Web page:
Nested Applications



Pharmacometrics is the science of quantitative pharmacology and supports efficient drug development and/or regulatory decisions. 


Focus on data driven models supporting mainly new drug and formulation development covering small and large molecules. 

• Phase I, II, III clinical trials
• Routine clinical data
• Time & Dose dependent PK
• Target-mediated Drug Disposition
• Covariate selection & evaluation
• Sustained release formulations
• Micro- & Nanoparticles
• In vitro-in vivo correlation



Focus on mechanistic-based predictive models supporting basic research and new drug and formulation development covering a wide range of therapeutic areas.

• In vitroex vivo & in vivo data models
• Models from combination therapies
• Disease progression and Baseline models
• Delayed continuous and non-continuous responses
• Latent response analysis
• Covariate selection & evaluation
• Phase I, II, III clinical trials


Focus on predicting clinical outcomes using mechanistic models developed at earlier stages, and using the concept of systemdisease, and drug action specific parameters.

• Predicting clinical response from pre-clinical PKPD models
• Mechanistic PK and PKPD
• Biomarker response to clinical outcome

Optimised and improved patient specific therapeutic strategies through the use of population PKPD models using early and limited patient data 

• Oncology
• Auto-immune diseases
• Anti-infectives
• Immuno-oncology

Help designing biopharmaceutics taking into account critical aspects of the response profiles, absorption & pharmacokinetic properties.

• Single- & multi-objectives
• Sustained release formulation
• Time to next administration tim
• Chronic diseases



Systems pharmacology

Systems Pharmacology studies are becoming an increasingly important approach in understanding complex diseases which cannot be fully understood by analysing isolated targets or molecular pathways.


Systems Pharmacology for effIcient Drug Development OR (SPIDDOR), is a methodology to perform Boolean modelling and simulation in the area of Systems Pharmacology and is implemented in  R.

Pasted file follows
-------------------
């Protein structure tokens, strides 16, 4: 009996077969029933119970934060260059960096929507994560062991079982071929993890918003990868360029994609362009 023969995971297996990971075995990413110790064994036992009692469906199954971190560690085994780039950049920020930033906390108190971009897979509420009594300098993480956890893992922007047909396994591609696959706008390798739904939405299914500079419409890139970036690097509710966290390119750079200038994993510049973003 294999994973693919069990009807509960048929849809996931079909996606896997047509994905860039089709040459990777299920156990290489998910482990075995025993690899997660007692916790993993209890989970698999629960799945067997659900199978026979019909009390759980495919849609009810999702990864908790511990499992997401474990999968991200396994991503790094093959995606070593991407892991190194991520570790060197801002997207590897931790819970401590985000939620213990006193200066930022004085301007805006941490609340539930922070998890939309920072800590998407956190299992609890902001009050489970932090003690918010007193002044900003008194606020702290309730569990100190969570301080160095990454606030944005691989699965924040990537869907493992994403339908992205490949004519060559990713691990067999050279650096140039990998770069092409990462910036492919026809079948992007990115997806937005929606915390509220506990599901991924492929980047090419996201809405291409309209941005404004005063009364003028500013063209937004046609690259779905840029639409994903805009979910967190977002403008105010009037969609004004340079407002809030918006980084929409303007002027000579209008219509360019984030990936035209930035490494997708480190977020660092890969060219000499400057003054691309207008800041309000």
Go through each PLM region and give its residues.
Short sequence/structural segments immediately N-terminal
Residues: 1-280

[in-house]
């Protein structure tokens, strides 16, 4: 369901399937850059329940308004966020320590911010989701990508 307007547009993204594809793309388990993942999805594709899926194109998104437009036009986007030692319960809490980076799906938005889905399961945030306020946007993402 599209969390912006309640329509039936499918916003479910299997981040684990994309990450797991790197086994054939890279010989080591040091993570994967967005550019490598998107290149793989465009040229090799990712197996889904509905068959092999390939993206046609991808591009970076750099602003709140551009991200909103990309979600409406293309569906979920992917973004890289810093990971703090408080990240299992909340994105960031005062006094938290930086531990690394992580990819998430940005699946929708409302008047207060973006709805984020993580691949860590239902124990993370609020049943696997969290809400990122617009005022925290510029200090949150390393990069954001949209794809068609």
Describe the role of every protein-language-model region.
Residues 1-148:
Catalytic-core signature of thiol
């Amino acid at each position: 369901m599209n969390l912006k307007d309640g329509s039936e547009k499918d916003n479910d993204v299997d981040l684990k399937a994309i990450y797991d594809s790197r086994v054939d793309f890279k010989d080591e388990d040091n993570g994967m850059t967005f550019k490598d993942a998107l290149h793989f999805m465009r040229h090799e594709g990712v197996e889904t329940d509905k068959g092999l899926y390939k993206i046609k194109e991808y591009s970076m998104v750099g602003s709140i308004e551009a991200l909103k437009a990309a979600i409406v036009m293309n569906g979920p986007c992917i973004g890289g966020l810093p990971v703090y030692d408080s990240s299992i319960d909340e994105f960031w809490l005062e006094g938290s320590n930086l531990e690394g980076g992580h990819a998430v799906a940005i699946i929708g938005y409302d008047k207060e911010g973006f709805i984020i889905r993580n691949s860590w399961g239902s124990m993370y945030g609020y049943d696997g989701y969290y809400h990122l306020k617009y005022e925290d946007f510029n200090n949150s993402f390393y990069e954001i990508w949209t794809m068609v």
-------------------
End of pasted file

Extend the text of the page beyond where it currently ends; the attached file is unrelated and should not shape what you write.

SPIDDOR enables (i) model implementation, (ii) simulation of activation profiles of the nodes, (iii) attractor analysis, (iv) a system perturbation and clustering analysis, and (v) convenient graphical summary/display of results.


When quantitative and longitudinal data are scarce, we use a semi-quantitative framework useful to answer drug development questions as target relevance, patient stratification and explorations of beneficial therapeutic combinations. 

SP models can be viewed as networks models representing potential pharmacological-target systems as a function of their key elements (genes, proteins or metabolites) denoted by nodes and their interactions.


Quantitative description of the longitudinal profiles in complex biological networks allows more precise answers than network based models. Decisions about dosing, required target engagement or formulation requirements can be supported by these models.

Likewise this fully quantitative approach admits a rigorous sensitivity analysis to detect most relevant processes and its relationship with proposed surrogate biomarkers.



Advanced therapy approach


Development of different targeted nanoliposomes encapsulating anti-tumour agents to apply in cancer animal models.

Nanosize drug delivery systems are overcoming the delivery limitations of many agents at the specific tissues. The versatility of the targeting (including active and passive) is provided by attaching at the nanosystem surface different types of ligands able to recognise antigens or receptors specifically expressed or up-regulated in tumour cells. Additionally, these nanocarriers present a controlled release property to achieve an increase therapeutic efficacy and reduce side effects.


In vivo evaluation of immune-modulator agents (mAbs, vaccines and peptides).

The stimulation of an antitumor immune response applying biomolecules is one of the most relevant aim pursued by many researchers, in the last decades. Immune checkpoints represent one of the mechanisms used by the tumours for the evasion of this immune system. The blockade of these immune checkpoints using specific monoclonal antibodies has demonstrated clinical benefit in several types of cancers (melanoma, squamous non-small cell lung cancer, bladder cancer…). The characterisation of several biomarkers involved in these mechanisms might throw some light on the possible combination of therapies to attain the desired effect. In that sense, other strategies such as vaccines or certain peptides are being used to seek the immune system stimulation.


Application of in vitro/ in vivo platform to develop PKPD mechanistic models.

Preclinical models are the previous requirement to develop a therapeutic agent. The first step to characterise in a quantitative way the pharmacokinetics and pharmacodynamics relationship for a specific agent is totally necessary to use animal models. These studies provide relevant insight about the agent behaviour at the organ level, which combined with the culture cell experiments explain in detail some processes that take place at intra- and cellular level. Therefore, all of these data provide us with essential information for the development of mechanistic-based models able to describe and predict those responses induced by the treatment.